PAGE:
Canterbury: Description of the city

The History and Topographical Survey of the County of Kent: Volume 11. Originally published by W Bristow, Canterbury, 1800.

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Edward Hasted, 'Canterbury: Description of the city', The History and Topographical Survey of the County of Kent: Volume 11, (Canterbury, 1800), pp. 106-120. British History Online [accessed 18 June 2024].

Edward Hasted. "Canterbury: Description of the city", in The History and Topographical Survey of the County of Kent: Volume 11, (Canterbury, 1800) 106-120. British History Online, accessed June 18, 2024,

Hasted, Edward. "Canterbury: Description of the city", The History and Topographical Survey of the County of Kent: Volume 11, (Canterbury, 1800). 106-120. British History Online. Web. 18 June 2024,

Description of the city

THE APPEARANCE of the city of Canterbury, from whatever part you approach it, is beautiful, and equals the most sanguine expectation. The magnificent tower of the cathedral, for symmetry and proportion hardly to be paralleled, strikes the eye as the principal object of admiration; after which, it is directed to the tower of king Ethelbert, and the other stately ruins of St. Augustine's monastery, the steeples and towers of the several parish churches, the towers of St. George'sgate, and of West-gate, the Old Castle, the river Stour, meandering through the fertile meads, the rich plantations of hops on every side, the fine appearance of Hales-place, the view of St. Martin's hill and church, and the royal cavalry barracks; and lastly the surrounding hills encircling the whole, all together combining to form a prospect so pleasing, as is hardly to be exceeded any where for the extent of it.

The city of Canterbury is of an oval shape. It is within its walls about half a mile from east to west, and somewhat more from north to south. The circumference of its walls is not quite a mile and three-quarters; it has four large suburbs, situated at the four cardinal points. The western part of the city may be called an island, being incircled by two branches of the river Stour, which divides just above it, and unites again at a small distance below it, the road through the city passing over two bridges, the one at Westgate, the other at Kingsbridge. Here are several corn and other mills on the river. Besides the streams of the Stour, the city is supplied with plenty of excellent water, which flows from two springs rising, the one among the ruins of St. Augustine's monastery, and the other on St. Martin's hill; for the dispensing of which there are several public conduits in the principal streets of the city; (fn. 1) and there is a strong chalybeat water in the wes tern part of it. (fn. 2) Within the precinct of the cathedral, the inhabitants there enjoy likewise the benefit of most excellent water, brought in pipes from two springs, which arise in the North Holmes, about a quarter of a mile north-east of the city.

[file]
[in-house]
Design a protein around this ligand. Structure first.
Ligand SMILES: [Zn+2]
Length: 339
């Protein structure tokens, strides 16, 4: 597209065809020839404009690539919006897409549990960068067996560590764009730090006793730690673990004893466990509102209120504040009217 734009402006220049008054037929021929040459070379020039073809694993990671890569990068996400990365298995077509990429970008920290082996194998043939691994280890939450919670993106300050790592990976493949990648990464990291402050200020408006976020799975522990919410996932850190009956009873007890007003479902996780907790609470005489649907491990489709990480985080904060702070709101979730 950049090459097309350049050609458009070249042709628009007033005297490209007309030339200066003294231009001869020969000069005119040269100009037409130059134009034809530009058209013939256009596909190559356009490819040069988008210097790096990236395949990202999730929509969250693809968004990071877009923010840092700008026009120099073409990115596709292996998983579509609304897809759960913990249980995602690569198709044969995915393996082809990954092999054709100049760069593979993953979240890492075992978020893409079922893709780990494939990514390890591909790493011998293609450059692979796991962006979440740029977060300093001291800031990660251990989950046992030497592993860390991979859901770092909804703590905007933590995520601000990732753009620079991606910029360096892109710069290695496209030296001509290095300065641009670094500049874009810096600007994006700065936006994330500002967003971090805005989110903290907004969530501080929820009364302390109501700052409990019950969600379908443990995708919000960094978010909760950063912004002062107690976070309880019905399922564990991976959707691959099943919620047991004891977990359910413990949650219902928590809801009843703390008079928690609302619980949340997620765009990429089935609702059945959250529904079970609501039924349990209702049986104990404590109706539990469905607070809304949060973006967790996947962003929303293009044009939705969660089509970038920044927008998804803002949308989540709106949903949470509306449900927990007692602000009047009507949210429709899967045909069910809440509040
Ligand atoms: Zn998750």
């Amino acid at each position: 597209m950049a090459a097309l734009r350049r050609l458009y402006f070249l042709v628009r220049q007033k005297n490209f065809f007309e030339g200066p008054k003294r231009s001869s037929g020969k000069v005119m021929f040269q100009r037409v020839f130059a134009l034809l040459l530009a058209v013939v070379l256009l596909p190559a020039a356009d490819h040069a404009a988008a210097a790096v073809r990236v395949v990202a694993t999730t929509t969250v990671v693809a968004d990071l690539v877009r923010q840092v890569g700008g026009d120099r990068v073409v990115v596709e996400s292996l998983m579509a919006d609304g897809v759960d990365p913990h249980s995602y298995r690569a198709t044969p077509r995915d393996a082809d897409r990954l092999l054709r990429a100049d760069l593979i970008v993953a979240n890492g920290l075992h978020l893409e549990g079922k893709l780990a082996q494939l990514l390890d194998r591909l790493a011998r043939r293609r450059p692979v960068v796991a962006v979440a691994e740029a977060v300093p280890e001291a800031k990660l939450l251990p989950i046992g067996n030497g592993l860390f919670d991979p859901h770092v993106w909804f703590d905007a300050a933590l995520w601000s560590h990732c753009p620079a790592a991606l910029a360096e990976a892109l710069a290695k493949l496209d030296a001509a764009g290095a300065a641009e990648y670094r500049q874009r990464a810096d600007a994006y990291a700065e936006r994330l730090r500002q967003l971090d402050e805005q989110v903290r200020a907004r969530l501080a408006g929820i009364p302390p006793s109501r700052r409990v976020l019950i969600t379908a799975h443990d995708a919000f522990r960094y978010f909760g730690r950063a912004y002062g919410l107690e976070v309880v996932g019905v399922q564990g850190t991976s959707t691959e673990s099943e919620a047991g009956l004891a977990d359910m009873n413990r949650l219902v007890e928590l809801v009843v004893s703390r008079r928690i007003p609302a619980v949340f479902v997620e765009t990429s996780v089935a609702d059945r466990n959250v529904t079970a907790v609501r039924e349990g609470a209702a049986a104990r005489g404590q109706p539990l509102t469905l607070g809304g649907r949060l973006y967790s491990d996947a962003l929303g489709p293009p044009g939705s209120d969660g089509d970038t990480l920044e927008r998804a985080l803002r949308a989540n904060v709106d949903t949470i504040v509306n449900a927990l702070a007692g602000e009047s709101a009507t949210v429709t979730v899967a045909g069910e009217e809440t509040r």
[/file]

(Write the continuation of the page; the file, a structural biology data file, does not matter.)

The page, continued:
From the river the ground rises with a gentle ascent towards the east. The parish churches and the remains of the several religious houses are interspersed in different parts of the city; at the north-east part of it is the precinct of the cathedral, being in size something more than three quarters of a mile in circuit, and nearly of a quadrangular form; adjoining to the north west side of it is the precinct of the archbishop's palace.

There are four principal streets, where, as well as in the other parts of the city, though the houses are in general antient, yet the fronts of them have been so far modernized, as to make a chearful and sightly appearance. The High-street, through which the way leads from London to Dover, crosses the middle of the city eastward, and is a fine street, of considerable width, being half a mile in length, in which are the church of Holy Cross Westgate, (fn. 3) Kingsbridge hospital, All Saints church, two of the principal inns, and the guild or court hall, as it is usually called, of the city, situated in the middle of this street, as the fittest and most conveof them, was pulled down in 1754, and the reservoir for the water was placed in the upper part of the two towers of St. George's gate.